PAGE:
The number of illegal border crossings into the U.S. during the first full month of Donald Trump's presidency was 18,762, marking a 40 percent decrease for January and February, as opposed to the usual 10-20 percent increase over other months.
“The drop in apprehensions shows a marked change in trends,” U.S. Department of Homeland Secretary John Kelly said on March 8, notes Fox News. “Since the administration’s implementation of executive orders to enforce immigration laws, apprehensions and inadmissible activity is trending toward the lowest monthly total in at least the last five years.”
“The early results show that enforcement matters, deterrence matters, and that comprehensive immigration enforcement can make an impact,” Kelly continued.
Faye Hipsman, a policy analyst at the Migration Policy Institute, said: “Deterrence through perception is central to these executive orders. Even floating the possibility of expanding detention at the border makes somebody less likely to come," The New York Times reports.
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Amy Fischer, policy director at the Refugee and Immigrant Center for Education and Legal Services in San Antonio, told the Los Angeles Times: “We do not know where they are now. We know the conditions in their home countries have not changed drastically. Why are they not coming? That’s the key question here. We do not have the answers.”
U.S. Customs and Border Protection reports about 1,370 people attempted to cross into the U.S. illegally every day in January. In February, that number dropped to about 840 people a day.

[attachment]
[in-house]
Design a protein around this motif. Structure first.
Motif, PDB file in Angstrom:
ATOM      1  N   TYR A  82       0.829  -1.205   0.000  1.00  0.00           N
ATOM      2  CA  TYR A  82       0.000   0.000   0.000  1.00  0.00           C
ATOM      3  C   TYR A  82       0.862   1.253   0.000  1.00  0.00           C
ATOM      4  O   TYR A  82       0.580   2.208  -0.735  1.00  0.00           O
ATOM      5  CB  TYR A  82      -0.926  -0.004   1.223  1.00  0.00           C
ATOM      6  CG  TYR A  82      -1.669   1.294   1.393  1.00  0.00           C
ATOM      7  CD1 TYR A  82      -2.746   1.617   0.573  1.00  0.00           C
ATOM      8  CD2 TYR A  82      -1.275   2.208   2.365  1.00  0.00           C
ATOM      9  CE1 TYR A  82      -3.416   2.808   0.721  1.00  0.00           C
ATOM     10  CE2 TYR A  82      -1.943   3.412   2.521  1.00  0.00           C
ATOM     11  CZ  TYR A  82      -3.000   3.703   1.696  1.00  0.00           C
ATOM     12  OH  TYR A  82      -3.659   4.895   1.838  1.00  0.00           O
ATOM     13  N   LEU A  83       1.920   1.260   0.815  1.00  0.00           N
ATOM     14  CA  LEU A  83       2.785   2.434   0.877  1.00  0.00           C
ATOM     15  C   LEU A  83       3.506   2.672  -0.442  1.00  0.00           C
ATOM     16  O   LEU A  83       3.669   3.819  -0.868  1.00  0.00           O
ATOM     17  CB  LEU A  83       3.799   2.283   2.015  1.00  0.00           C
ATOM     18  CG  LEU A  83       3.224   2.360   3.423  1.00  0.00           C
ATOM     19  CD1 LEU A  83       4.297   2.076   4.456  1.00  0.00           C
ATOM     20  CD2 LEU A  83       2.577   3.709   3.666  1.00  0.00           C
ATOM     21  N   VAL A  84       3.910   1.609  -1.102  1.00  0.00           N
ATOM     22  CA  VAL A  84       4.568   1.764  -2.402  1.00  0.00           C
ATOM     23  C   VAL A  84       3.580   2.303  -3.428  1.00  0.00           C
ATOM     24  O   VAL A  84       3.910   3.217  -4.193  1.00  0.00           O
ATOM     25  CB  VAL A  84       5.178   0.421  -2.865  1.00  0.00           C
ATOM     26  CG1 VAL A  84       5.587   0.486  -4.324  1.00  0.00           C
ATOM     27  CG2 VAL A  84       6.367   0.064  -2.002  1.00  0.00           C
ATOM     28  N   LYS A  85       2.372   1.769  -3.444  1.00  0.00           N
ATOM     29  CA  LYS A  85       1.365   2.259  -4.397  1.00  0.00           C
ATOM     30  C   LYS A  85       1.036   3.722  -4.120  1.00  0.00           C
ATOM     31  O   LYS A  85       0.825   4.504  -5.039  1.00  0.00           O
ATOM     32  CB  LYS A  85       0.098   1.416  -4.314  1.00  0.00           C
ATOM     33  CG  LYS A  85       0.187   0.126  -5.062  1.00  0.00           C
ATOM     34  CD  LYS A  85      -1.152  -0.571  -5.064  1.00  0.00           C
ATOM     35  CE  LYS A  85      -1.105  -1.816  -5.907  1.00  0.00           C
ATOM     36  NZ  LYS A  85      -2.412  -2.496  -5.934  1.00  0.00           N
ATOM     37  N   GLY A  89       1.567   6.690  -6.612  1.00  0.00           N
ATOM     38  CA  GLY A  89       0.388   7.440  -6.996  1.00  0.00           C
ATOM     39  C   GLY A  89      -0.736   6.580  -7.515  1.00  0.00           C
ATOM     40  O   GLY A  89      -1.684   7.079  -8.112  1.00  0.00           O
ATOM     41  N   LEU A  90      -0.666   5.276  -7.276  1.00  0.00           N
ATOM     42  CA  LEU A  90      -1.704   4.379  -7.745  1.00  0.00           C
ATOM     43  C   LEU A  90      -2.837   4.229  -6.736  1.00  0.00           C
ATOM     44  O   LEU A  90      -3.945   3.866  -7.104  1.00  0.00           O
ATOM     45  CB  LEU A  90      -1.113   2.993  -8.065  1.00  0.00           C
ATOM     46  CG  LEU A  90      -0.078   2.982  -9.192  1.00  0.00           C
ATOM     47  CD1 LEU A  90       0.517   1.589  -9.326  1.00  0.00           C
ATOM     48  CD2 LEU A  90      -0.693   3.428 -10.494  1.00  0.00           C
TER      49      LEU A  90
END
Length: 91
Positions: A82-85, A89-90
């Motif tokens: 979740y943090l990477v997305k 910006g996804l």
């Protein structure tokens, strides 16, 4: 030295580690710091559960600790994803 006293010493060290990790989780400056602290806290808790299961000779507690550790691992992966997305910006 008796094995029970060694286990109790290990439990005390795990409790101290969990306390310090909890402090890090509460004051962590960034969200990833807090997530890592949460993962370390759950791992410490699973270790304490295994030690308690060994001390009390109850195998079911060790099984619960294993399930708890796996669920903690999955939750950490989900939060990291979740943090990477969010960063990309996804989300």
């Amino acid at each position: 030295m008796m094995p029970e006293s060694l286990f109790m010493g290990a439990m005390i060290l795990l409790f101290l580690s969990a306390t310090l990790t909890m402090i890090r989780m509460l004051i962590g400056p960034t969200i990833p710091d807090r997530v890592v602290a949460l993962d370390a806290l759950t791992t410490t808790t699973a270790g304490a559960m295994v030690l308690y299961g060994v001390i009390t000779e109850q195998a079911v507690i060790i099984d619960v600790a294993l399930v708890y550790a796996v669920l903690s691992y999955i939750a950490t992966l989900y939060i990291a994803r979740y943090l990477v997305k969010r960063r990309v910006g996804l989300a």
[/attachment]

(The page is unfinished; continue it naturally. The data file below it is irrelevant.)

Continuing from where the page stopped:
“When you start detaining people and deporting people, people stop coming in great masses,” Manuel Padilla, a chief in the CBP, said. “We’ve seen that historically throughout the years. We’re deporting people expeditiously, and just the fact that we’re doing that and the fact the administration is messaging that, they have quit coming in the same numbers.”
However, Fischer suggests, “We don’t know if essentially what’s going on is an increase in the collusion between Mexican and U.S. authorities to turn people away at the border so they are not counted as apprehensions."
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Mark Krikorian, executive director of the Center for Immigration Studies, suggests the figures reflected a similar drop in immigration around President Ronald Reagan's 1986 immigration reform.
“The talk of tougher enforcement can, in fact, lead to reductions in the flow, but only for a short period of time if the words aren’t backed up with action,” Krikorian told The New York Times. He added, however, that during the Reagan administration, “the promises of tougher enforcement didn’t exactly pan out.”